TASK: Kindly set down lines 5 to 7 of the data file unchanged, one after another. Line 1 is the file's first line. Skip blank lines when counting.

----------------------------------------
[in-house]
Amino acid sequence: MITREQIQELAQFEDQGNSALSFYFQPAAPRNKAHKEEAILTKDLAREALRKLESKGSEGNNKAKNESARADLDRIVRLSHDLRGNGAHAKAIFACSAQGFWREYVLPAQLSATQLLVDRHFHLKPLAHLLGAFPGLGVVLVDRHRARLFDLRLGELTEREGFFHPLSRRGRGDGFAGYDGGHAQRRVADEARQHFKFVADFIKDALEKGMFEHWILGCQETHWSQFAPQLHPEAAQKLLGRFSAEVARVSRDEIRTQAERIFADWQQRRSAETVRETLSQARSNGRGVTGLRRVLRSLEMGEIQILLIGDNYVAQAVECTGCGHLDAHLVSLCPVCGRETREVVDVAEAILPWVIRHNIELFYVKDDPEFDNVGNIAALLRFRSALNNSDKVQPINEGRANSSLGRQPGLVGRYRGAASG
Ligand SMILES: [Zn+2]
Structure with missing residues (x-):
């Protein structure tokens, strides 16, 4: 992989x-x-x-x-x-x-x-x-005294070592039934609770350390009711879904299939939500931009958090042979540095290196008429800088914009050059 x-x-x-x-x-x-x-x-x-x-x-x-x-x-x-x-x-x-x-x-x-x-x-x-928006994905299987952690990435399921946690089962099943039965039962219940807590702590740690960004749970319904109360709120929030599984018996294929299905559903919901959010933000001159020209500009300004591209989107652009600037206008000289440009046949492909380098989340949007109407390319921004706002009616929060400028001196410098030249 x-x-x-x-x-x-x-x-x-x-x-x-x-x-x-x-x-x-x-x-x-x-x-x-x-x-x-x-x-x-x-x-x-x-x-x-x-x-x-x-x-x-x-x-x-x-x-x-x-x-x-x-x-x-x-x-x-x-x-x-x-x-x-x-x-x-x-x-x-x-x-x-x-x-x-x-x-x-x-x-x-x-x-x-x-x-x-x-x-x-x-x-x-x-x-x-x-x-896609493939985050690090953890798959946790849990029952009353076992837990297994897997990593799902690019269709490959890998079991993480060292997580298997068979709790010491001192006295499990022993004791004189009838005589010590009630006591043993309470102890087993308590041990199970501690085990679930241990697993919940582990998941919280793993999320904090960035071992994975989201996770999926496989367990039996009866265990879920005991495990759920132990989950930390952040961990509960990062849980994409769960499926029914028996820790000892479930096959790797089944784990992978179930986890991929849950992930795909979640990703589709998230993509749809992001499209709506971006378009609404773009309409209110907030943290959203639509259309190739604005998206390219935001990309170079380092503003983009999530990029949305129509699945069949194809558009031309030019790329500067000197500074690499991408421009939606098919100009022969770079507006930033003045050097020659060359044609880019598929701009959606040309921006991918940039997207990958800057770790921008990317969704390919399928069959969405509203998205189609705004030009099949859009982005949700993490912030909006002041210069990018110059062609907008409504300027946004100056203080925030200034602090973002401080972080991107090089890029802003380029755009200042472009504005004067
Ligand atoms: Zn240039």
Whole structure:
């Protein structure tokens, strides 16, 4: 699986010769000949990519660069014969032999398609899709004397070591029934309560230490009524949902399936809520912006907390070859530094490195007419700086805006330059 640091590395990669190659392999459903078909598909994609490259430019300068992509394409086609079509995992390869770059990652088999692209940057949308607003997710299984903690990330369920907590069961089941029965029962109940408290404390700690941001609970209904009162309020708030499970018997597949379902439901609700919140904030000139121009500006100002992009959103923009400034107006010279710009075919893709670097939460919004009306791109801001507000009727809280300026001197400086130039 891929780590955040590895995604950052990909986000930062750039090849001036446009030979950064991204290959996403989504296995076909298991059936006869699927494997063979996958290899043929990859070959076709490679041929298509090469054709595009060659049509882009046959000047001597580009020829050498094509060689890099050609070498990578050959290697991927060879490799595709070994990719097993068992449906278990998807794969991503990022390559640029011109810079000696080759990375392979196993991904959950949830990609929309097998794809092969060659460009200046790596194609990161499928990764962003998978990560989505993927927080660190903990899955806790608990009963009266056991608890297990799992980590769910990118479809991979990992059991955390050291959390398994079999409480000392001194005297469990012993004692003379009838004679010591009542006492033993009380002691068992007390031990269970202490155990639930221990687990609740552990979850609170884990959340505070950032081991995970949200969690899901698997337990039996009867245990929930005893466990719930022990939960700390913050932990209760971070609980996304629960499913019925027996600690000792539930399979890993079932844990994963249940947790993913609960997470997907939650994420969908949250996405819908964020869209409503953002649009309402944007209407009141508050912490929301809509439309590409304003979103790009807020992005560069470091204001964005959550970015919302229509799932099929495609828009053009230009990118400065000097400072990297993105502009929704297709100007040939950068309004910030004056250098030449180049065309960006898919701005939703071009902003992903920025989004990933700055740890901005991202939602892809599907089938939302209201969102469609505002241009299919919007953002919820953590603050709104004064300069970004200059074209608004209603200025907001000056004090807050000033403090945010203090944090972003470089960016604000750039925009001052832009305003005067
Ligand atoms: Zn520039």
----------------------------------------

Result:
């Protein structure tokens, strides 16, 4: 992989x-x-x-x-x-x-x-x-005294070592039934609770350390009711879904299939939500931009958090042979540095290196008429800088914009050059 x-x-x-x-x-x-x-x-x-x-x-x-x-x-x-x-x-x-x-x-x-x-x-x-928006994905299987952690990435399921946690089962099943039965039962219940807590702590740690960004749970319904109360709120929030599984018996294929299905559903919901959010933000001159020209500009300004591209989107652009600037206008000289440009046949492909380098989340949007109407390319921004706002009616929060400028001196410098030249 x-x-x-x-x-x-x-x-x-x-x-x-x-x-x-x-x-x-x-x-x-x-x-x-x-x-x-x-x-x-x-x-x-x-x-x-x-x-x-x-x-x-x-x-x-x-x-x-x-x-x-x-x-x-x-x-x-x-x-x-x-x-x-x-x-x-x-x-x-x-x-x-x-x-x-x-x-x-x-x-x-x-x-x-x-x-x-x-x-x-x-x-x-x-x-x-x-x-896609493939985050690090953890798959946790849990029952009353076992837990297994897997990593799902690019269709490959890998079991993480060292997580298997068979709790010491001192006295499990022993004791004189009838005589010590009630006591043993309470102890087993308590041990199970501690085990679930241990697993919940582990998941919280793993999320904090960035071992994975989201996770999926496989367990039996009866265990879920005991495990759920132990989950930390952040961990509960990062849980994409769960499926029914028996820790000892479930096959790797089944784990992978179930986890991929849950992930795909979640990703589709998230993509749809992001499209709506971006378009609404773009309409209110907030943290959203639509259309190739604005998206390219935001990309170079380092503003983009999530990029949305129509699945069949194809558009031309030019790329500067000197500074690499991408421009939606098919100009022969770079507006930033003045050097020659060359044609880019598929701009959606040309921006991918940039997207990958800057770790921008990317969704390919399928069959969405509203998205189609705004030009099949859009982005949700993490912030909006002041210069990018110059062609907008409504300027946004100056203080925030200034602090973002401080972080991107090089890029802003380029755009200042472009504005004067
Ligand atoms: Zn240039």
Whole structure: